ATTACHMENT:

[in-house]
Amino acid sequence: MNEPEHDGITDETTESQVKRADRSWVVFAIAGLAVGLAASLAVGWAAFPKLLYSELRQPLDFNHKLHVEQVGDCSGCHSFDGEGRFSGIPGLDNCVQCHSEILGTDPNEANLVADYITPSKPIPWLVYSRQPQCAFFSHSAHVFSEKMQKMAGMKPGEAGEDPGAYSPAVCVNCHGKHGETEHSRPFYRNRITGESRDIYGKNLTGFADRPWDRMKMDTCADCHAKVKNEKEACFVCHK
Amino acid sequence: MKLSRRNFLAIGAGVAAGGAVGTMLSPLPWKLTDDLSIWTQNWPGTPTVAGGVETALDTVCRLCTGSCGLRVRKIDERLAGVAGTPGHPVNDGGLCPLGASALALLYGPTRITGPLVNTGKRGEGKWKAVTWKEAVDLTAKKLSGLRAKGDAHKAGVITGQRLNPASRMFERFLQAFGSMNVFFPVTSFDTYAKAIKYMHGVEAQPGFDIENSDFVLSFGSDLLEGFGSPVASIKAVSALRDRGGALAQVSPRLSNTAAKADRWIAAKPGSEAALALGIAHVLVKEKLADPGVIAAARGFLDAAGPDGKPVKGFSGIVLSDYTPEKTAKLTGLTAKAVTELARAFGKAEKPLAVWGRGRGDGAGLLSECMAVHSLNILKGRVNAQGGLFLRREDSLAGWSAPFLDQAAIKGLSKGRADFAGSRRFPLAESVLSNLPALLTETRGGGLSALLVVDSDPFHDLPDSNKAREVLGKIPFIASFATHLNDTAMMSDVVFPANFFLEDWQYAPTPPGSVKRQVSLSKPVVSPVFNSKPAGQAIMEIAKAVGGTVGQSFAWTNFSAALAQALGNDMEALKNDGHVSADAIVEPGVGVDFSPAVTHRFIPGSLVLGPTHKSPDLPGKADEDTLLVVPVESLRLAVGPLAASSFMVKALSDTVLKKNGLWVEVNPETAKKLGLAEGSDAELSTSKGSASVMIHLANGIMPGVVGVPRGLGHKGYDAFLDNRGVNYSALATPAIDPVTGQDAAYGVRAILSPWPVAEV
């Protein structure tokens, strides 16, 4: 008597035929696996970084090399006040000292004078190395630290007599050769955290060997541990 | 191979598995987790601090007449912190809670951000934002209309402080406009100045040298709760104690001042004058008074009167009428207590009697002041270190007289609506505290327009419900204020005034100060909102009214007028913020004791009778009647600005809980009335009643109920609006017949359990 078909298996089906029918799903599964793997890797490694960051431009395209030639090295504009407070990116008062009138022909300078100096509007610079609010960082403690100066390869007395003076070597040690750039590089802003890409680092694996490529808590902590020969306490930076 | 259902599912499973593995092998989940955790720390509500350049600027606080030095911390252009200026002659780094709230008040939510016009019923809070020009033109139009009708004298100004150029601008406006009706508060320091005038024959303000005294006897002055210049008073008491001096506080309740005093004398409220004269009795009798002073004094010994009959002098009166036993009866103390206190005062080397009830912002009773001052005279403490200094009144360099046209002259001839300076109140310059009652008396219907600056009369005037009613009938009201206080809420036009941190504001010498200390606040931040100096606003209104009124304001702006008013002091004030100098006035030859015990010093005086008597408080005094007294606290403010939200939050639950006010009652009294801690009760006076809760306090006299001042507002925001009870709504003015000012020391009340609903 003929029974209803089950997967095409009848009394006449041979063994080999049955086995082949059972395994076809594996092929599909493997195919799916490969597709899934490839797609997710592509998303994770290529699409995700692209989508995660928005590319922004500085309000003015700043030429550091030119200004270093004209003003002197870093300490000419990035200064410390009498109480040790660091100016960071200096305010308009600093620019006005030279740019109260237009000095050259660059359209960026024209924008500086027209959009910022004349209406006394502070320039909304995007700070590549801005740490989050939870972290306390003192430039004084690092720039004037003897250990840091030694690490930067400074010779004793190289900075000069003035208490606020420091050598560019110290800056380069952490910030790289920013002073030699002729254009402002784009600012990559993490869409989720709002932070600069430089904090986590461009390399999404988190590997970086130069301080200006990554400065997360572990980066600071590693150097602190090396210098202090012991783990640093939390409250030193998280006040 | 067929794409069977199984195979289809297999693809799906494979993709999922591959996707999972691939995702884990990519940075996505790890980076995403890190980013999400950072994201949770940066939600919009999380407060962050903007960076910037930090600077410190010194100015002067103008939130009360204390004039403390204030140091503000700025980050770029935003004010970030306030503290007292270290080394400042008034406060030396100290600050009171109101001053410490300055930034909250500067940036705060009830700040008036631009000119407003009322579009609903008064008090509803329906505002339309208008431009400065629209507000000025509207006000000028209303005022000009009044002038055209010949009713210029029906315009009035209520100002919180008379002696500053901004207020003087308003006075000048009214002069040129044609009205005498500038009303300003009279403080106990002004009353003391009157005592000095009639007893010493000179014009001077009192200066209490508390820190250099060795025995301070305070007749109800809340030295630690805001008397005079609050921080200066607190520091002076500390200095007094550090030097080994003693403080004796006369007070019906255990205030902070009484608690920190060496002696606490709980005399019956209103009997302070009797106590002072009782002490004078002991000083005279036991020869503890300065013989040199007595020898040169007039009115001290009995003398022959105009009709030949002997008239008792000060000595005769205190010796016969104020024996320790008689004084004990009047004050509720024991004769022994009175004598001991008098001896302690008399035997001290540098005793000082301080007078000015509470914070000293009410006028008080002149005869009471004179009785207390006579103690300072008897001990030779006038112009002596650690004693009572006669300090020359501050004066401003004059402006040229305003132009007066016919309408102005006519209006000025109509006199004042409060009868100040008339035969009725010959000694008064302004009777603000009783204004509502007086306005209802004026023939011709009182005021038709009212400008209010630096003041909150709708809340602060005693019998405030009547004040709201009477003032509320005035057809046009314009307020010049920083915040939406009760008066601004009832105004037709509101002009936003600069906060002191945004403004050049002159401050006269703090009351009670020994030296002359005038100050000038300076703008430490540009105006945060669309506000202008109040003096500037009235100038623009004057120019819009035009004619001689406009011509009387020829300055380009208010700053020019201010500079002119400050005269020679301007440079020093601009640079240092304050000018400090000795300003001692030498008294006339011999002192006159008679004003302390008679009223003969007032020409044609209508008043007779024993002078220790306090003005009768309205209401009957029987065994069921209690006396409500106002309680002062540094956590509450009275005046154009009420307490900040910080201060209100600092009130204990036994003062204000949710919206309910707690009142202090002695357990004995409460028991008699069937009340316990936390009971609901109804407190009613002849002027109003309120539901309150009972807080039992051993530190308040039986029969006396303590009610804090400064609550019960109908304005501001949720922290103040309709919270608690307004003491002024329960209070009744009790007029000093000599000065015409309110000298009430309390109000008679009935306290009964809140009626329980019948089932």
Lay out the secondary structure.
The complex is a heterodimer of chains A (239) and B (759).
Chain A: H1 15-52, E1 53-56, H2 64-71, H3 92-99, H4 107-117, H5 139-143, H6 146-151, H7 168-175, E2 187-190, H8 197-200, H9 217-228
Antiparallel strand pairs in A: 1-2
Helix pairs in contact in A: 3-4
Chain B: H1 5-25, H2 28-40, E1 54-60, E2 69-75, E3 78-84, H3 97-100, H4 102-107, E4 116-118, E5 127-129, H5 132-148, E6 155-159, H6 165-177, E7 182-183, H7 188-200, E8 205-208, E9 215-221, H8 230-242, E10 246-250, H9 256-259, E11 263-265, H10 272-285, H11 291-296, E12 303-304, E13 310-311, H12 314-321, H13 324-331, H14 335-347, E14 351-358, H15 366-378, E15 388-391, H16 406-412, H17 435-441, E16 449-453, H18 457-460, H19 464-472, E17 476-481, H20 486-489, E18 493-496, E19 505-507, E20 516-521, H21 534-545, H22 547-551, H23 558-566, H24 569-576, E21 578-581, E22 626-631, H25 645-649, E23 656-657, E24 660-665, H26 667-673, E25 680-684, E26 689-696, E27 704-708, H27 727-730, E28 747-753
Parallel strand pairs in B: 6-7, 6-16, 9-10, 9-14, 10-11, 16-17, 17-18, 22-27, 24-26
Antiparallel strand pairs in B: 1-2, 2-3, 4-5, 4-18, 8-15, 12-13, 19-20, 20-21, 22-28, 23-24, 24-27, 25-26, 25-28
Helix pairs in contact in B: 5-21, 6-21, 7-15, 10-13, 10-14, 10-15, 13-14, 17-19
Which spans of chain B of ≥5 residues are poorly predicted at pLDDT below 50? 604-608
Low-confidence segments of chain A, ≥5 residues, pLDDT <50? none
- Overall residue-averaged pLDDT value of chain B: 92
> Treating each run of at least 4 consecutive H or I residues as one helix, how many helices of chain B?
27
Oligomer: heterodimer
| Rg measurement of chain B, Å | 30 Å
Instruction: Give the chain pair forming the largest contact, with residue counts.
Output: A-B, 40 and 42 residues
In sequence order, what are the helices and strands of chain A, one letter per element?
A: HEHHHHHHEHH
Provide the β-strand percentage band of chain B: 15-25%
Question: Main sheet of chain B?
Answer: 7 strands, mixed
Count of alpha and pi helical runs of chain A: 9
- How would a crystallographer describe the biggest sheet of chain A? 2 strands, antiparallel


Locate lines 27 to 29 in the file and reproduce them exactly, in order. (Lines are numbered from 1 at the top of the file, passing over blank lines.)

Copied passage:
Answer: 7 strands, mixed
Count of alpha and pi helical runs of chain A: 9
- How would a crystallographer describe the biggest sheet of chain A? 2 strands, antiparallel